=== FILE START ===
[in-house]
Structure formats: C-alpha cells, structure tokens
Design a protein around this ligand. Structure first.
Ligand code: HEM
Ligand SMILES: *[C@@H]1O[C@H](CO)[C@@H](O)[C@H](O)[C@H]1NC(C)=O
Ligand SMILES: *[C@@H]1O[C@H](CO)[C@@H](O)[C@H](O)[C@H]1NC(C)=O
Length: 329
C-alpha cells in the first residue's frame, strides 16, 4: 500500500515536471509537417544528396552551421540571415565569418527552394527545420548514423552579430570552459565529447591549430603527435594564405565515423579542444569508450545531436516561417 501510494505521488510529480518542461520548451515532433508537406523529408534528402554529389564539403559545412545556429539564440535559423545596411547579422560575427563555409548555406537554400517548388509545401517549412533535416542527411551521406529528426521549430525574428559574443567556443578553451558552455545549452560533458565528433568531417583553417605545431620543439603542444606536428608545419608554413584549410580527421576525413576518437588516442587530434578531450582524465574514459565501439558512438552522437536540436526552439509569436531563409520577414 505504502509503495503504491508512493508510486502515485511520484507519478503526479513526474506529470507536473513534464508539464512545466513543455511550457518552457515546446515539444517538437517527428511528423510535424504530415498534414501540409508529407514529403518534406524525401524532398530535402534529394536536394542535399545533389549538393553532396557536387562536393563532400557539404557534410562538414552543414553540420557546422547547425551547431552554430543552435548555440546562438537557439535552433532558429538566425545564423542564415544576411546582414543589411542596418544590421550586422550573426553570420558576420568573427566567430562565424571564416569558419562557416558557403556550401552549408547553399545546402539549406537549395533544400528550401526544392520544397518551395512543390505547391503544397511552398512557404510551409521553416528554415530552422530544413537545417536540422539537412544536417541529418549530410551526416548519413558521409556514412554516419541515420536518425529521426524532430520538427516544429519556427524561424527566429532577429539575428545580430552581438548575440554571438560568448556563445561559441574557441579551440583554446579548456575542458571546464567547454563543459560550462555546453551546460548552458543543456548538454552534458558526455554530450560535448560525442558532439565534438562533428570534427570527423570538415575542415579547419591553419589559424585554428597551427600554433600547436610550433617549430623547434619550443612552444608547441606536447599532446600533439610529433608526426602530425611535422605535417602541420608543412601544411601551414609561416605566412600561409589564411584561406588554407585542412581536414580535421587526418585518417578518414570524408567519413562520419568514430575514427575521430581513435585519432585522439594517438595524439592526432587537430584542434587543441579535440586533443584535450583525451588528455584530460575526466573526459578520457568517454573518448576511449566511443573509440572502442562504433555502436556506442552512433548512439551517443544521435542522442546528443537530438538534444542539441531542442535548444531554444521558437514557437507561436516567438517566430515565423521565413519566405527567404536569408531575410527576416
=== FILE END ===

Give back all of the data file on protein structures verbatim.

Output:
[in-house]
Structure formats: C-alpha cells, structure tokens
Design a protein around this ligand. Structure first.
Ligand code: HEM
Ligand SMILES: *[C@@H]1O[C@H](CO)[C@@H](O)[C@H](O)[C@H]1NC(C)=O
Ligand SMILES: *[C@@H]1O[C@H](CO)[C@@H](O)[C@H](O)[C@H]1NC(C)=O
Length: 329
C-alpha cells in the first residue's frame, strides 16, 4: 500500500515536471509537417544528396552551421540571415565569418527552394527545420548514423552579430570552459565529447591549430603527435594564405565515423579542444569508450545531436516561417 501510494505521488510529480518542461520548451515532433508537406523529408534528402554529389564539403559545412545556429539564440535559423545596411547579422560575427563555409548555406537554400517548388509545401517549412533535416542527411551521406529528426521549430525574428559574443567556443578553451558552455545549452560533458565528433568531417583553417605545431620543439603542444606536428608545419608554413584549410580527421576525413576518437588516442587530434578531450582524465574514459565501439558512438552522437536540436526552439509569436531563409520577414 505504502509503495503504491508512493508510486502515485511520484507519478503526479513526474506529470507536473513534464508539464512545466513543455511550457518552457515546446515539444517538437517527428511528423510535424504530415498534414501540409508529407514529403518534406524525401524532398530535402534529394536536394542535399545533389549538393553532396557536387562536393563532400557539404557534410562538414552543414553540420557546422547547425551547431552554430543552435548555440546562438537557439535552433532558429538566425545564423542564415544576411546582414543589411542596418544590421550586422550573426553570420558576420568573427566567430562565424571564416569558419562557416558557403556550401552549408547553399545546402539549406537549395533544400528550401526544392520544397518551395512543390505547391503544397511552398512557404510551409521553416528554415530552422530544413537545417536540422539537412544536417541529418549530410551526416548519413558521409556514412554516419541515420536518425529521426524532430520538427516544429519556427524561424527566429532577429539575428545580430552581438548575440554571438560568448556563445561559441574557441579551440583554446579548456575542458571546464567547454563543459560550462555546453551546460548552458543543456548538454552534458558526455554530450560535448560525442558532439565534438562533428570534427570527423570538415575542415579547419591553419589559424585554428597551427600554433600547436610550433617549430623547434619550443612552444608547441606536447599532446600533439610529433608526426602530425611535422605535417602541420608543412601544411601551414609561416605566412600561409589564411584561406588554407585542412581536414580535421587526418585518417578518414570524408567519413562520419568514430575514427575521430581513435585519432585522439594517438595524439592526432587537430584542434587543441579535440586533443584535450583525451588528455584530460575526466573526459578520457568517454573518448576511449566511443573509440572502442562504433555502436556506442552512433548512439551517443544521435542522442546528443537530438538534444542539441531542442535548444531554444521558437514557437507561436516567438517566430515565423521565413519566405527567404536569408531575410527576416